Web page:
....but what goes up, must also come down.
This week, the Halifax Building Society issued price data for March. There are some very tentative signs of a slow down. However, other macroeconomic data suggests that the Bank of England is making little headway in curtailing inflation. Interest rates will go up and just as cheap credit fuels a bubble, higher interest rates will pop it.
Anway, here is what tha Halifax had to say about house prices this month:
• House prices rose by 1.0% in March, the second smallest monthly increase since August 2006.
• Overall, house prices increased by 2.8 percent in 2007 Q1, well below the 4.2 percent rise in 2006 Q4.
• The annual rate of house price growth has risen to 11.1 percent for purely arithmetic reasons, reflecting the strength of the housing market in early 2006. House price inflation should settle in coming months, given that recent conditions have been more subdued.
• House prices increased in all regions during 2007 Q1. The biggest price rises were in Scotland (7.5 percent), the South West (5.4 percent) and Wales (4.9 percent). The smallest increases were in the East Midlands (0.2 percent) and Yorkshire and the Humber (0.6%).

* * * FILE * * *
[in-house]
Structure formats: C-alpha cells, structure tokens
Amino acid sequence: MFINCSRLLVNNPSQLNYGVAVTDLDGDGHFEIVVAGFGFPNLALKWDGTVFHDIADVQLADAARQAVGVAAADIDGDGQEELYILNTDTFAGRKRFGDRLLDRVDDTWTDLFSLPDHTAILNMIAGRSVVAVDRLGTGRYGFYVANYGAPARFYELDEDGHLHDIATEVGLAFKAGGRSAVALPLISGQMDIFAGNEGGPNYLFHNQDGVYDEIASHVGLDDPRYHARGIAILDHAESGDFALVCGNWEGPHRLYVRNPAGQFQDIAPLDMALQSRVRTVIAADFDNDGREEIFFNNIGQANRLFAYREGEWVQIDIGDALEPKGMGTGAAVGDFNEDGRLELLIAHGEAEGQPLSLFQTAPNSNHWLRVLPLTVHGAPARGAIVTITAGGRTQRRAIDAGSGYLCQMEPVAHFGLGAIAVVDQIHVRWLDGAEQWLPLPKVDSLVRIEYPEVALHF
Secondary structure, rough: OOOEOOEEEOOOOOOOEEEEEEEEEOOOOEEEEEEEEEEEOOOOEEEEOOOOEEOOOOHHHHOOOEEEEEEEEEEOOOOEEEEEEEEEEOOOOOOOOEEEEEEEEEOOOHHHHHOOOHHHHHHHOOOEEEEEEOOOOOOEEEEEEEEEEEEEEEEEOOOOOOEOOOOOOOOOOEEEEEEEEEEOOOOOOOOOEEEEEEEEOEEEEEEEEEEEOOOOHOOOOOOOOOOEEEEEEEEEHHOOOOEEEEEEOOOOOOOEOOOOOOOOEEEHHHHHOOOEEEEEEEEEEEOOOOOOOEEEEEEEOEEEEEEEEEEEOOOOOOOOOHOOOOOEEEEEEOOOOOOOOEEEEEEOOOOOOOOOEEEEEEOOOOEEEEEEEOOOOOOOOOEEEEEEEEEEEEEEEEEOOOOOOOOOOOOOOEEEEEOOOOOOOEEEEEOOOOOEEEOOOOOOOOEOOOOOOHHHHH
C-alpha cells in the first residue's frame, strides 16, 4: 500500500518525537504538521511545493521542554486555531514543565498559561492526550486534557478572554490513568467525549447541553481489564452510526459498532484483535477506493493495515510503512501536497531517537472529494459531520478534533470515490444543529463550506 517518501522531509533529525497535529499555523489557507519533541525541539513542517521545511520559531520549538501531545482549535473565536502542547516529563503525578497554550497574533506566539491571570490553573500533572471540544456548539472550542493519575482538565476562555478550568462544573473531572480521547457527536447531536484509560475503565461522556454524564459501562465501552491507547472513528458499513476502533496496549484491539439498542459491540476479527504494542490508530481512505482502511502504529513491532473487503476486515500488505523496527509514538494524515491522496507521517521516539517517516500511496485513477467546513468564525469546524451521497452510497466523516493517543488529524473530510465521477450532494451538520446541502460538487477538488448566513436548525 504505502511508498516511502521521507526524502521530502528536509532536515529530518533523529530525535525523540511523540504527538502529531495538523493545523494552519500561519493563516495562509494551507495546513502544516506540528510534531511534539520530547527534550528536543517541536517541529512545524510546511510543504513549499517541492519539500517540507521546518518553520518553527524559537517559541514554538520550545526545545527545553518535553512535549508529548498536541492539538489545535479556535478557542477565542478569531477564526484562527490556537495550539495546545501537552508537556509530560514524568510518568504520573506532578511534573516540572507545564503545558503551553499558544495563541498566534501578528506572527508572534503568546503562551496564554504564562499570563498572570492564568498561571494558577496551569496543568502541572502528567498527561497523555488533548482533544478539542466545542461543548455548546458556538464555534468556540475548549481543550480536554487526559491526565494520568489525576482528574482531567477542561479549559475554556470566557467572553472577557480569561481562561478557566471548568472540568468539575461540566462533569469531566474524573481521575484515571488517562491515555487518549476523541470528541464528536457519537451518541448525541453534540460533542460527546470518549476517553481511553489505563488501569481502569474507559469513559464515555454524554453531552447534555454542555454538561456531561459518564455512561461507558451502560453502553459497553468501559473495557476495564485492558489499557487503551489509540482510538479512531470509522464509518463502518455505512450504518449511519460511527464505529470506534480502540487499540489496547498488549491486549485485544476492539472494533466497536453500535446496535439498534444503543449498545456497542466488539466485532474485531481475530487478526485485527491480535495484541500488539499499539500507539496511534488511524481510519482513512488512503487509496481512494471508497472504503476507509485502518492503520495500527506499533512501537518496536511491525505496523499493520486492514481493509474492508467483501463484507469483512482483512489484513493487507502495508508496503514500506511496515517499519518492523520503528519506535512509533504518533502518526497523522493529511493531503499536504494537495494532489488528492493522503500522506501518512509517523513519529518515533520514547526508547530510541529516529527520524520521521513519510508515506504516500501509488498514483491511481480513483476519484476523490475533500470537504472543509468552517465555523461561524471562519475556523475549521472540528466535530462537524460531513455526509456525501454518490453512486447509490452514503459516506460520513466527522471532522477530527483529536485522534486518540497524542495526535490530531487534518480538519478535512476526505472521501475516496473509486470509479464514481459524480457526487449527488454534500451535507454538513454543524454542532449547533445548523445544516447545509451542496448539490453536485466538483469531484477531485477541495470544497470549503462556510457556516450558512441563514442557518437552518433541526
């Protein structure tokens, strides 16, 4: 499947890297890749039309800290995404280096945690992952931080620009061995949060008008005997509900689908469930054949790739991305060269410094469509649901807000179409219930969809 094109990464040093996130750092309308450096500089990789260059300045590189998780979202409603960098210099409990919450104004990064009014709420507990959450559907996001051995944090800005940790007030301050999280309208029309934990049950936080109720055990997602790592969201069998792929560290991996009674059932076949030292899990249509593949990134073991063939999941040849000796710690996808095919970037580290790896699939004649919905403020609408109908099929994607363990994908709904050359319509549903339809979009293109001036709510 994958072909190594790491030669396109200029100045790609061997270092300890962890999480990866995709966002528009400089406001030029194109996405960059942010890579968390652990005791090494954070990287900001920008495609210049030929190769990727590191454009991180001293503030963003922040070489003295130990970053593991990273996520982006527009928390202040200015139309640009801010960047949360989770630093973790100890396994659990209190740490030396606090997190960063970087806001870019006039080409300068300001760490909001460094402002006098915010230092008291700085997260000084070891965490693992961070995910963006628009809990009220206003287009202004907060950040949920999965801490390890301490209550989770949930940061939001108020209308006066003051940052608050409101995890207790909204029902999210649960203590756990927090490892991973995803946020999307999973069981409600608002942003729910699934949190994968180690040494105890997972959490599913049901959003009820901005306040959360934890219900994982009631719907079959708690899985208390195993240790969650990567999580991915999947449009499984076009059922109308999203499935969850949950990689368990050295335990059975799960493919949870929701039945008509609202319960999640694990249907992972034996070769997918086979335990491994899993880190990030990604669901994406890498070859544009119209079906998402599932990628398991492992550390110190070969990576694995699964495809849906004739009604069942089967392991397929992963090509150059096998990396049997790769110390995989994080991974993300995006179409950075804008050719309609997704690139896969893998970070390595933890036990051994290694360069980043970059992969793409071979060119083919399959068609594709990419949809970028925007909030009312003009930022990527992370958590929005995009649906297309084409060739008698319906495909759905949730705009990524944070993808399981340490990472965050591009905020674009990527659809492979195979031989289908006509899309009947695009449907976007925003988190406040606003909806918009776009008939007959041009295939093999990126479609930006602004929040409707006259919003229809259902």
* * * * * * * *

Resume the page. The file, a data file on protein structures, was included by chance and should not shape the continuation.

• The average price in Northern Ireland broke through the £200,000 barrier for the first time in 2007 Q1 (£206,495). Northern Ireland is now one of the most expensive parts of the UK with only London, the South East and South West having higher average house prices. Two years ago, Scotland was the only part of the UK with lower average house prices than Northern Ireland.
• Over the past year, house prices have risen most rapidly in Northern Ireland (37.0 percent) and Scotland (22.4 percent). Greater London (14.9%) has recorded the biggest increase in prices in England. The smallest annual price rises have been in the North (5.6 percent) and the East Midlands (5.8 percent).